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Property Tax Regimes in East Africa

Property Tax Regimes in East Africa

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The report covers three basic issues: property tax legislation and practice, the significance and magnitude of property tax revenue, and the prospects of property taxation in the three East African countries - Kenya, Uganda and Tanzania.
The report covers three basic issues: property tax legislation and practice, the significance and magnitude of property tax revenue, and the prospects of property taxation in the three East African countries - Kenya, Uganda and Tanzania.

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03/26/2014

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Section 17 of the Rating Act, Chapter
267 deals with procedures for enforcing rate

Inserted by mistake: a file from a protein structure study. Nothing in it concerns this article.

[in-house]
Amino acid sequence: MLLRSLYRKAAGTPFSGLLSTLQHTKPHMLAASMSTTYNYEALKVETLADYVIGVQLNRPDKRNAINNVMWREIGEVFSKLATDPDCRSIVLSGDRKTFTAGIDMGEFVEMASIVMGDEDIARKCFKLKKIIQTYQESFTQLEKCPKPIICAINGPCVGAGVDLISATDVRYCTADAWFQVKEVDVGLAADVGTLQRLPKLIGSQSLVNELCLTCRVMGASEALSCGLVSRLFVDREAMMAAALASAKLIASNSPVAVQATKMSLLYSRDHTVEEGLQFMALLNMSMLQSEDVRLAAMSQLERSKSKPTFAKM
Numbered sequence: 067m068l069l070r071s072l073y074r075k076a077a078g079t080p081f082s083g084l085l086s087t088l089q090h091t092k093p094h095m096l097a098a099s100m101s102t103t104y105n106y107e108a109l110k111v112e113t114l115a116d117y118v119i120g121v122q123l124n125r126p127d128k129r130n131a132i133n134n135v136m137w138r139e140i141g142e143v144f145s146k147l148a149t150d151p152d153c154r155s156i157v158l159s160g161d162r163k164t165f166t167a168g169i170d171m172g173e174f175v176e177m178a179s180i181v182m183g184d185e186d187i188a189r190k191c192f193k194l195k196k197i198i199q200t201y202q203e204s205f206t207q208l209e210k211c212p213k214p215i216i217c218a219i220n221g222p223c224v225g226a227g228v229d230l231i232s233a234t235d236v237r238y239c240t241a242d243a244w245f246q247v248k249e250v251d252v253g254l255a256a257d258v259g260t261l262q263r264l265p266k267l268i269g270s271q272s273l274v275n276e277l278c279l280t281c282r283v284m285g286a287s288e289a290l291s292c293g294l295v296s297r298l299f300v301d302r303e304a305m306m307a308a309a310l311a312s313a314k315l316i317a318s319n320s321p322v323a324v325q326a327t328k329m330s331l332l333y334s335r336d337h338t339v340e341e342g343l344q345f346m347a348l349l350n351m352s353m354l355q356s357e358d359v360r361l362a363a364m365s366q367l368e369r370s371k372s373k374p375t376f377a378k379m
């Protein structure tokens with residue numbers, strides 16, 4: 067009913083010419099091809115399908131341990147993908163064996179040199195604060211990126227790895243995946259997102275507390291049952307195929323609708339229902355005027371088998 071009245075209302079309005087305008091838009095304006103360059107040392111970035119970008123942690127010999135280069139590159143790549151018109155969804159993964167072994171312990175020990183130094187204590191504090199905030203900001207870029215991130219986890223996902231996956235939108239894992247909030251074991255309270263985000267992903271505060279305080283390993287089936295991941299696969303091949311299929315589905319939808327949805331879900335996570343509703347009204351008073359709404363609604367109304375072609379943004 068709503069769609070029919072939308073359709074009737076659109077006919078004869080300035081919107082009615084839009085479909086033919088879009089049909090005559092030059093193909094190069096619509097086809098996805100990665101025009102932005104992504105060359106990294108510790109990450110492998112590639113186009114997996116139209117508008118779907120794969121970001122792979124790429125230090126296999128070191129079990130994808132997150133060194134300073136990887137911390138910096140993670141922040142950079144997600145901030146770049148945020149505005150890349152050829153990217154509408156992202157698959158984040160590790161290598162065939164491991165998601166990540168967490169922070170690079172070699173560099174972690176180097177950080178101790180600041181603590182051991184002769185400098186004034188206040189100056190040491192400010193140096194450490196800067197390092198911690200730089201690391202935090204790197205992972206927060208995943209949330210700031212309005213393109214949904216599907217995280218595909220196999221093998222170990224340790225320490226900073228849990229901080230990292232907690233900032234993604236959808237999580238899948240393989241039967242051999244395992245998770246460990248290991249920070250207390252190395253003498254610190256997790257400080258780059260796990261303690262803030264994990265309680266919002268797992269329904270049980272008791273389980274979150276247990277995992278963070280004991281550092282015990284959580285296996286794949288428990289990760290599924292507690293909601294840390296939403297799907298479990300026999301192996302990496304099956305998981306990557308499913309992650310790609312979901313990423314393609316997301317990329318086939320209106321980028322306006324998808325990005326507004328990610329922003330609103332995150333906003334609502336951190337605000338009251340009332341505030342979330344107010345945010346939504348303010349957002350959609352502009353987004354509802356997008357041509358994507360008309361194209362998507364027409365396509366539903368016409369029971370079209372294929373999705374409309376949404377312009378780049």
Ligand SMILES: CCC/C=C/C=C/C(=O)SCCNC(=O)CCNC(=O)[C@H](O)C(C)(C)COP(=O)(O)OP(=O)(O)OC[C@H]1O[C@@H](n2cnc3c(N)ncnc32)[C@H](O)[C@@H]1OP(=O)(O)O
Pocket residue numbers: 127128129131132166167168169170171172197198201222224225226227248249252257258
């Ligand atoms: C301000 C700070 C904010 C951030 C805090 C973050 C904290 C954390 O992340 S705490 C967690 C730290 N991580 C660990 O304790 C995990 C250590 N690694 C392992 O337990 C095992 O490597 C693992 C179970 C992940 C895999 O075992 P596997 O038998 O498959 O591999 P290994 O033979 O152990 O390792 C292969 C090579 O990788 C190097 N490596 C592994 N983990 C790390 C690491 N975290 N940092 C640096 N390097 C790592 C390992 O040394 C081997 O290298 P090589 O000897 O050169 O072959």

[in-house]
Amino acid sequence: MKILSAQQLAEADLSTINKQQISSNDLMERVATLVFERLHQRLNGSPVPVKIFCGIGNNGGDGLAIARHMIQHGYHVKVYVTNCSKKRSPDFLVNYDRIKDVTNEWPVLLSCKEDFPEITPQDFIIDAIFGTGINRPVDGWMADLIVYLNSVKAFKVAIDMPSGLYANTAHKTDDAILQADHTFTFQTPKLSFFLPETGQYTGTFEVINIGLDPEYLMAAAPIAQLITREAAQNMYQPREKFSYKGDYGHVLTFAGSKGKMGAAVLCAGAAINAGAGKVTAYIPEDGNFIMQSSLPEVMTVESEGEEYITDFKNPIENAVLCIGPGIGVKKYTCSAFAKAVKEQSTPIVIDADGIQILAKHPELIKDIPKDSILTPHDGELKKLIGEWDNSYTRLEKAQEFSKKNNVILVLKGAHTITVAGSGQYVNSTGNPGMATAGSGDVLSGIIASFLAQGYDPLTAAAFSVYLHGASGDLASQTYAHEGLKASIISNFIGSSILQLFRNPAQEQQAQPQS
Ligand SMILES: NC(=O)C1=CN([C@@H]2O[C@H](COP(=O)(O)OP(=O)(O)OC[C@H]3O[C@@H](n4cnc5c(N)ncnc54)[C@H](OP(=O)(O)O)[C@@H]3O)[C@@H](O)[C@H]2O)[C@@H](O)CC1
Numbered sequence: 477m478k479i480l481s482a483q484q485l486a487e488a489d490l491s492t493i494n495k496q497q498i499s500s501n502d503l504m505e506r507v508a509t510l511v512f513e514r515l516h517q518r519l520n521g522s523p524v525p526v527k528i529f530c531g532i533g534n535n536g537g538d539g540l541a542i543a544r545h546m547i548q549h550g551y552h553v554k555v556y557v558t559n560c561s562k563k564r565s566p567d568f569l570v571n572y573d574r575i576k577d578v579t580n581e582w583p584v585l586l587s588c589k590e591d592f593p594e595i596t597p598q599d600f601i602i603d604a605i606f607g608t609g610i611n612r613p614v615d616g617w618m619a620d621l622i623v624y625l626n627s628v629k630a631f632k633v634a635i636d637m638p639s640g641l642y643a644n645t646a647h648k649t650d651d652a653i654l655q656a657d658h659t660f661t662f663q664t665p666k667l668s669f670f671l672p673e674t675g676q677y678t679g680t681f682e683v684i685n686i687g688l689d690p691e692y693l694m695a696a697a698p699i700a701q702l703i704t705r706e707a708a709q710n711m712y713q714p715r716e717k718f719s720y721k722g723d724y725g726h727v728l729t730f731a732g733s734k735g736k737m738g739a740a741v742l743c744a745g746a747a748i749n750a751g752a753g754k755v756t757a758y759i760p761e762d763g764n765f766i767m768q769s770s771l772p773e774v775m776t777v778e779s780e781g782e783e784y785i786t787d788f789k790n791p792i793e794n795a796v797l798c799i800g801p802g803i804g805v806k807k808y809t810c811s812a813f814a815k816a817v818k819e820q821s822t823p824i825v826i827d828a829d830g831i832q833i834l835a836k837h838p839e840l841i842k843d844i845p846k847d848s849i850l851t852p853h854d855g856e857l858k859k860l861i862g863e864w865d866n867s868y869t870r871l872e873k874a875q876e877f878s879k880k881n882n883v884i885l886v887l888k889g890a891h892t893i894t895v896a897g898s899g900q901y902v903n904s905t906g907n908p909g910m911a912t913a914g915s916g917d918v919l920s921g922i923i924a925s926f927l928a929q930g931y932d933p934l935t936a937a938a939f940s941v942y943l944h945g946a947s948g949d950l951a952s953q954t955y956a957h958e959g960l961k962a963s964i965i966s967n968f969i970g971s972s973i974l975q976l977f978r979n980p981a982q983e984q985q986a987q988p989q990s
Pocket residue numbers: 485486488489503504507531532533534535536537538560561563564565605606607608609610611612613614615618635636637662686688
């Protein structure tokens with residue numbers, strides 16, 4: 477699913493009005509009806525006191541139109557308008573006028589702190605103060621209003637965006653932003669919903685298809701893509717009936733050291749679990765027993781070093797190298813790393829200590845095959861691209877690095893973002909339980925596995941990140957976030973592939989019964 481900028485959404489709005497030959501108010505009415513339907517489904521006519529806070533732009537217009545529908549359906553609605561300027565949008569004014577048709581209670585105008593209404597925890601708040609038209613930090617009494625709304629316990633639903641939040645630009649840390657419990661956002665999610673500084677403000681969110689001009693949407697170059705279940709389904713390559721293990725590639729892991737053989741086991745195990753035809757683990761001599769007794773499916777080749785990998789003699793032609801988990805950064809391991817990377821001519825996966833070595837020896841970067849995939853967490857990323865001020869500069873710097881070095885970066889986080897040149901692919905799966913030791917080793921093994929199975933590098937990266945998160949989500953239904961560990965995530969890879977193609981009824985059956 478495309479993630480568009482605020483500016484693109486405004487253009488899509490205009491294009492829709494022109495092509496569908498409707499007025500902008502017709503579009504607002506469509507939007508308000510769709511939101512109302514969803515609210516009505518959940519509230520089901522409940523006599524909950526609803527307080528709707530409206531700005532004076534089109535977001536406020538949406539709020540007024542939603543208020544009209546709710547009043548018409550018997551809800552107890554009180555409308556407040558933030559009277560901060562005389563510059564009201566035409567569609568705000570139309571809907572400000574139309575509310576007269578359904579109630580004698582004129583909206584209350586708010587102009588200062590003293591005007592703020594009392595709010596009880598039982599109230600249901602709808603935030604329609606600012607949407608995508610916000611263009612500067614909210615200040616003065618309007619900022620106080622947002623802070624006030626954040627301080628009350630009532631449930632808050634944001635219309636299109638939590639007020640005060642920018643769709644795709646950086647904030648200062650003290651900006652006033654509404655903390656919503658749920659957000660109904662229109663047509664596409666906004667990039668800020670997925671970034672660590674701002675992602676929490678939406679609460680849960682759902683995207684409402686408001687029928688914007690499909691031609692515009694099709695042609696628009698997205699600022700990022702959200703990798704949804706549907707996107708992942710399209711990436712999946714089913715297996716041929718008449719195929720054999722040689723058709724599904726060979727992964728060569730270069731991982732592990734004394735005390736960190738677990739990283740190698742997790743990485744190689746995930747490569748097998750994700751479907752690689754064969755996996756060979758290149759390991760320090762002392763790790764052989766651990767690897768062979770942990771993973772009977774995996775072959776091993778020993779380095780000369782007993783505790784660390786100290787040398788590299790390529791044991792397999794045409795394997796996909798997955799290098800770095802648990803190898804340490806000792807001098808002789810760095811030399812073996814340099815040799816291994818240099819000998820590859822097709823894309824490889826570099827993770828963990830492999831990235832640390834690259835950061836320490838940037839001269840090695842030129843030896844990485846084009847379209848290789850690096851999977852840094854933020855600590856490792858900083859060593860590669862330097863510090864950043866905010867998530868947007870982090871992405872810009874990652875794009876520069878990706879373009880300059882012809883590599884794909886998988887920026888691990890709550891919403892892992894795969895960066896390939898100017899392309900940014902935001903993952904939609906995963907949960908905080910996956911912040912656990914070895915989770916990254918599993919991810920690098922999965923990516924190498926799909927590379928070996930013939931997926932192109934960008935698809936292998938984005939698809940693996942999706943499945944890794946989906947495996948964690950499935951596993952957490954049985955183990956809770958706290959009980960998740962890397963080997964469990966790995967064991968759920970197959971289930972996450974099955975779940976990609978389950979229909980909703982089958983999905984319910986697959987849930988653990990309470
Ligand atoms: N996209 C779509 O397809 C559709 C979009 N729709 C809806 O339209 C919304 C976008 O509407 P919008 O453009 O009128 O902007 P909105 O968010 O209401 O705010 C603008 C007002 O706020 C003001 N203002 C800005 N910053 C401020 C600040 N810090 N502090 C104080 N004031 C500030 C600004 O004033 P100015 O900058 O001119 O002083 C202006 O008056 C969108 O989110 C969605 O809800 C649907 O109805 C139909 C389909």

payment by defaulters. When a rateable owner
fails to pay rates due within the stipulated
time period, plus any interest on any such
unpaid rate, the rating authority may make a
written demand notice on the rateable owner
requiring him or her to make rate payment
plus any interest that has accrued thereto
within 14 days after service of the written
demand notice.

Te various instruments spelt out in law for
encouraging and ensuring compliance include
charging interest on arrears, giving discounts
for prompt payment of the rates, fnes, tax
liens, foreclosures, and recovery from tenants.
However, these mechanisms are either not
employed or are not efective in achieving
compliance.

Despite having a variety of options under
the Rating Act, the rating authorities have
taken a largely passive role in enforcement,
relying almost exclusively on rate clearance
certifcates. Tis clearance certifcate option
relies on taxpayer initiative to clear outstanding
debt and is thus only efective when the
property is being transferred or when a local
business license or permit is being requested
from the local authority.

Active enforcement (through fnes, tax
liens and foreclosures) by the government
is virtually non-existent. To date, no local
authority has applied the legal option of tax
caveats to titles or used property foreclosures
as a means to enforce tax payment.

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